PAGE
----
This post addresses preventing and treating urinary tract infections.
At some point, you’ve got to be on board with the notion that you need to prevent some of the things that ail you. All men who have UTIs are at higher risk for having another one. About one of every five women who have a UTI will have another one. Many women have three or more UTIs a year. This Straight, No Chaser will address preventative and treatment considerations for urinary tract infections. Check back to this Straight, No Chaser for a discussion of the how and why you get UTIs.
Some individuals have unfortunate anatomy, and others have increased risk factors due to diseases (e.g. diabetes) or a lowered immune system. Even in these individuals, improving daily habits and lifestyle choices may help you prevent repeat UTIs. There actually is a fair amount of controversy regarding methods of preventing and treating UTIs. The information I am providing represents the latest consensus information from the U.S. Department of Health and Human Services.
Drinking lots of fluid (preferably water) can help flush bacteria from your system. Unless you have kidney or heart failure, you should try to drink six to eight, 8-ounce glasses a day.
Regarding cranberries and cranberry juice, the jury is still out. This is what we do know: there is a substance in cranberries that assist in preventing bacteria from sticking to the walls of your urinary tract. The ability to attach to the walls of your urinary tract keeps bacteria from being flushed out and allows them to grow and multiply. It seems that the amount of this substance in the typical glass of cranberry juice you’re drinking or serving of cranberries you’re eating is sufficient to completely prevent or treat UTIs. It is more likely that the benefit you’re receiving simply comes from drinking fluids. The bottom line? Drinking cranberry juice isn’t hurting you and may be helpful.
It’s just a good idea to urinate often. Whenever you feel the urge, and it’s convenient, eliminate the waste. Also, make a habit of urinating after sex, as soon as it’s convenient. These steps prevent bacteria from staying in your bladder longer than necessary, preventing the growth that can become a UTI.
It’s true: always wipe from front-to-back after using the toilet. A back-to-front wipe can deliver bacteria straying from the rectum (and inclined to cause a UTI) close enough to your urethral opening to get things started.
Using a diaphragm or spermicide increases bacteria growth and can lead to UTIs. If you’re not having an issue with this, that’s fine, but if you are, you may want to consider a different form of birth control. Furthermore, unlubricated or spermicidal condoms increase irritation of the vaginal walls, which may help bacteria grow and may lead to transport up the urinary tract. This is yet another reason why lubricated condoms without spermicide or a nonspermicidal lubricant are better options for safe sex.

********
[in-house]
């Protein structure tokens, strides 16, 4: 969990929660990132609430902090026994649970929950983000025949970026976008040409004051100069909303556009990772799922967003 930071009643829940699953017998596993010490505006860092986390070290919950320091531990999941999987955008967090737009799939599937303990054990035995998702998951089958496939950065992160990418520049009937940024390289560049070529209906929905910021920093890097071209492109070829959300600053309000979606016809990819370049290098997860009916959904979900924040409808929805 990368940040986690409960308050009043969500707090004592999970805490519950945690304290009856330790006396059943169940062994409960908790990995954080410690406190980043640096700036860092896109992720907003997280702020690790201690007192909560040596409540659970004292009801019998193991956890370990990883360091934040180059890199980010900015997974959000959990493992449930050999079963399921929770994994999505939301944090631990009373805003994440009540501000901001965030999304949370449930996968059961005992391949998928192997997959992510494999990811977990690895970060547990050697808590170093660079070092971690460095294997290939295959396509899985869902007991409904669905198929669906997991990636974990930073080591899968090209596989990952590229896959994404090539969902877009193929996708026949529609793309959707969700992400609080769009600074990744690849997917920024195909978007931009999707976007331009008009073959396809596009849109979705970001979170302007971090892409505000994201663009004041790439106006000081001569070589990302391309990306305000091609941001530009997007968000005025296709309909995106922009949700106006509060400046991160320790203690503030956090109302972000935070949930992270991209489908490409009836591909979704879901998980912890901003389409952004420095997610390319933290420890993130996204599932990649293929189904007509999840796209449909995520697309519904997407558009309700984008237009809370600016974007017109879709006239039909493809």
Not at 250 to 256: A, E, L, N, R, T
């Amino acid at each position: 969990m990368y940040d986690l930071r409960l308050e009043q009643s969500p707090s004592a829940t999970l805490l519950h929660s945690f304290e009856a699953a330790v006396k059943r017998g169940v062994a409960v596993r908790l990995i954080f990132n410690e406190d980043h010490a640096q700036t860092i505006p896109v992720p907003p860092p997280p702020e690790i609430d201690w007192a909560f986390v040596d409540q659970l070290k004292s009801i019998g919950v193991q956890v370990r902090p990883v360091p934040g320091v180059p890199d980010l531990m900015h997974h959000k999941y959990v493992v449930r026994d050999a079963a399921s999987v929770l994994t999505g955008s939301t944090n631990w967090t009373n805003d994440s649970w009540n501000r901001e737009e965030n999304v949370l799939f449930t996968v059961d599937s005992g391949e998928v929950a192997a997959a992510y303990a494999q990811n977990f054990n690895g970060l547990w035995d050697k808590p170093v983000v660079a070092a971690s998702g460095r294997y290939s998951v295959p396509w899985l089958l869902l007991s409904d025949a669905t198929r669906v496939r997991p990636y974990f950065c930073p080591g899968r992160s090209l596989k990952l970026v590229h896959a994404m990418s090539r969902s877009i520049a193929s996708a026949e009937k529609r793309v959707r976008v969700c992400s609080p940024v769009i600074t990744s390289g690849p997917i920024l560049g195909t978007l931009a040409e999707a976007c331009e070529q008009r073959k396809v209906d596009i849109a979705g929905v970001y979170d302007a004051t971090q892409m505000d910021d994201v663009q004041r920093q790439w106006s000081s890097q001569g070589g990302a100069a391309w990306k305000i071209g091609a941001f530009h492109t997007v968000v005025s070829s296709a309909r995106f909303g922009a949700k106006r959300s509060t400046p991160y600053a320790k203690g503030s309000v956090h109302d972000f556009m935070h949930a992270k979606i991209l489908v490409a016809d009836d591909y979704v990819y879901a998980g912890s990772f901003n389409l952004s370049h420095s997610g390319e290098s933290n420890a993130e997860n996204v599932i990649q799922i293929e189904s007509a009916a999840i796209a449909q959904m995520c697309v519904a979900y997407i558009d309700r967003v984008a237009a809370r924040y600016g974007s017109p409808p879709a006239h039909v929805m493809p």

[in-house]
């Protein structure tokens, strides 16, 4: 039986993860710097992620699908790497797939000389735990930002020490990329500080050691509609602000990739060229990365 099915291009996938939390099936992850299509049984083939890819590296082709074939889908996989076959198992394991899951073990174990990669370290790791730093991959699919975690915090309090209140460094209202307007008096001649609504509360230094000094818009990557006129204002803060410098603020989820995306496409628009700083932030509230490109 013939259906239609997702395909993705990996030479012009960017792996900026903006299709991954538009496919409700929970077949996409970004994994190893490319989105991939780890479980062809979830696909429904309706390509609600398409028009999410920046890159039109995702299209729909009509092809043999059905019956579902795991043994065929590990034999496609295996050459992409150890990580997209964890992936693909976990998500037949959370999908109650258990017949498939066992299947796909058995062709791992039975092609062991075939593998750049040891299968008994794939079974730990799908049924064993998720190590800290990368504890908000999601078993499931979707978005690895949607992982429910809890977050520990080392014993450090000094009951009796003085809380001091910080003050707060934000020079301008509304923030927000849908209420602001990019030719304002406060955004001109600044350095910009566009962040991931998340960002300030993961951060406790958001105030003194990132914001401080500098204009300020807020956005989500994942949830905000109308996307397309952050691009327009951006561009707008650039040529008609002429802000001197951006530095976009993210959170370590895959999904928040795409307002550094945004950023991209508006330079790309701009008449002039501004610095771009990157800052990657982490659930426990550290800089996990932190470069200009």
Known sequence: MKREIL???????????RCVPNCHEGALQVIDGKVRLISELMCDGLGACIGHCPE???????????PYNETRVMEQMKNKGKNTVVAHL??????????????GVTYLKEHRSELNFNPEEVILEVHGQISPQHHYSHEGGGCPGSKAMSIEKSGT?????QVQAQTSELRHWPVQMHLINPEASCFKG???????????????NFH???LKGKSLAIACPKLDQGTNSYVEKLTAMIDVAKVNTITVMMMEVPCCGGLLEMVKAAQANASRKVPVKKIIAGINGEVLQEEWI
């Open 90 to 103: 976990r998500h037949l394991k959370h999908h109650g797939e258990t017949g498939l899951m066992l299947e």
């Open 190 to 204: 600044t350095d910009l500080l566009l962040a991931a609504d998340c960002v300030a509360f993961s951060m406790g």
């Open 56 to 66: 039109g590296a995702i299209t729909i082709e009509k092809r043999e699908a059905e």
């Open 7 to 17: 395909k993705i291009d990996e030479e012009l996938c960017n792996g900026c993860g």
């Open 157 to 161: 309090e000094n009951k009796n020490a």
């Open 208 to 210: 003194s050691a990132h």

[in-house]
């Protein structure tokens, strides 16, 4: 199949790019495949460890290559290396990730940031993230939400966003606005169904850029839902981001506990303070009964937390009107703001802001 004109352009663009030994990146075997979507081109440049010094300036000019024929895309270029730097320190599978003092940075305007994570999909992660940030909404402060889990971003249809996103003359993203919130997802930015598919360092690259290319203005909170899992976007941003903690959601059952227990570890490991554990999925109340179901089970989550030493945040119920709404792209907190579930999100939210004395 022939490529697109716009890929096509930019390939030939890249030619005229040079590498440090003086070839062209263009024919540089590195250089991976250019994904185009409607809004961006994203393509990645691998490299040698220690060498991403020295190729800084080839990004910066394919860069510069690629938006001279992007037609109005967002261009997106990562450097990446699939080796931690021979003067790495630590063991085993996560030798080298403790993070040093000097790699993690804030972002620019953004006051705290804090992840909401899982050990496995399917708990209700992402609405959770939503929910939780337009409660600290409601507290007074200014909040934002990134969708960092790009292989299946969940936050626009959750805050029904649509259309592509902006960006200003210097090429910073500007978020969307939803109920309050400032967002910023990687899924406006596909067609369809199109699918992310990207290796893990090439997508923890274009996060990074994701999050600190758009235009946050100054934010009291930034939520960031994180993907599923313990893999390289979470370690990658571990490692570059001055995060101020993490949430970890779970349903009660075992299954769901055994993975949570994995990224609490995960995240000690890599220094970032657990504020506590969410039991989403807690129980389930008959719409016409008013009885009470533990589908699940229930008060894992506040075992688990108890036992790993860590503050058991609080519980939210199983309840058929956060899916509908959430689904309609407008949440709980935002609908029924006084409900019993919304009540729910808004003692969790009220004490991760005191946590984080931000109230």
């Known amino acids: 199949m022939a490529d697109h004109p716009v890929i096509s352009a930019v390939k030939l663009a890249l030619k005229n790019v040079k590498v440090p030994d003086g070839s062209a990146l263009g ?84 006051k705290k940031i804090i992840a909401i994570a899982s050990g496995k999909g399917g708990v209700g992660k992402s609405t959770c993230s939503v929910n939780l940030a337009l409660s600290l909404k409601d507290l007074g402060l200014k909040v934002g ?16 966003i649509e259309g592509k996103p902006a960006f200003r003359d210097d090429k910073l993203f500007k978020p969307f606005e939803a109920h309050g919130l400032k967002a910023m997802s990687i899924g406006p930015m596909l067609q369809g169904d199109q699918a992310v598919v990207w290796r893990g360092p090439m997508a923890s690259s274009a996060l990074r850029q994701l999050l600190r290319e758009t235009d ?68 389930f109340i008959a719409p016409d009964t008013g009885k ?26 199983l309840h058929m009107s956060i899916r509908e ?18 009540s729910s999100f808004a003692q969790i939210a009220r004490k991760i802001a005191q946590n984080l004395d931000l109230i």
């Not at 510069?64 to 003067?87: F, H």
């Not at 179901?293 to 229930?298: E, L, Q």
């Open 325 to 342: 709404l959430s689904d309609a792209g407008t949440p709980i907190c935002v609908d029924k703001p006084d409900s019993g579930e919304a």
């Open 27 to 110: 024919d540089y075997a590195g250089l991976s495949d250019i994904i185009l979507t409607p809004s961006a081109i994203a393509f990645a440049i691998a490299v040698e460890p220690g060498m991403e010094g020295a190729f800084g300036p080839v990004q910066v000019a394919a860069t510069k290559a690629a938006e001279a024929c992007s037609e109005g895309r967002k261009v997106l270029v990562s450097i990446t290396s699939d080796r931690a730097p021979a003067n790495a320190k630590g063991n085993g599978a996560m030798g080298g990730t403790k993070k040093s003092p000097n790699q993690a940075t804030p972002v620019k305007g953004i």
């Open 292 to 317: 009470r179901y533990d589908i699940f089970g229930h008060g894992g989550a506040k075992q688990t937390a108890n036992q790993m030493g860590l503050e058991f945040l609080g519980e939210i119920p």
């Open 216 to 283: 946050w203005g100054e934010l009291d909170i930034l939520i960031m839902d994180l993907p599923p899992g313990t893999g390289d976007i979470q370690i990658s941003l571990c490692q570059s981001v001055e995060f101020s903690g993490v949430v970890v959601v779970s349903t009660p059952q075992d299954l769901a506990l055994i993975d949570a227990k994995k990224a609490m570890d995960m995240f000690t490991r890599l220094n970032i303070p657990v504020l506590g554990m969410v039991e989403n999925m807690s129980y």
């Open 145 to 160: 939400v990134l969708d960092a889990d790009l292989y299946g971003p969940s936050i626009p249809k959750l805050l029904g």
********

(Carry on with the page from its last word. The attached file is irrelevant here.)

Does wearing cotton underwear and loose-fitting clothes prevent UTIs? Probably not. Does doing so keep the area around the urethra dry? Yes. Nylon underwear and tight-fitting jeans can trap moisture and help bacteria grow. Use this information to your advantage. This is another example of how altering your habits may help and won’t hurt the cause.
Whether you’re a patient using a catheter to assist yourself with emptying your bladder, or if you’re placing objects into your genital orifices for other purposes (e.g. sexual stimulation), you should appreciate the risks found in not exercising good hygiene with these objects. The immediate proximity of these objects to your urinary tract certainly increases the risks of UTIs.
Treatment is usually straightforward. It’s typically based on eliminating the organisms most likely to be causing the infection. Treatment regimens range from 3 days to more than a week depending on certain considerations. Important factors in this regard include severity, resistance patterns in your area, whether you get frequent UTIs and whether you have certain risks or anatomical abnormalities in your urinary tract. Men should receive a longer course of treatment as a rule due to the involvement of the prostate.
Other treatment considerations involve pain control and plenty of fluids.
If your frequency or severity of UTIs requires as much, you may be referred to a urologist for specialized treatment considerations. However, for most people, this isn’t necessary because treatment is sufficient – and prevention is even easier.
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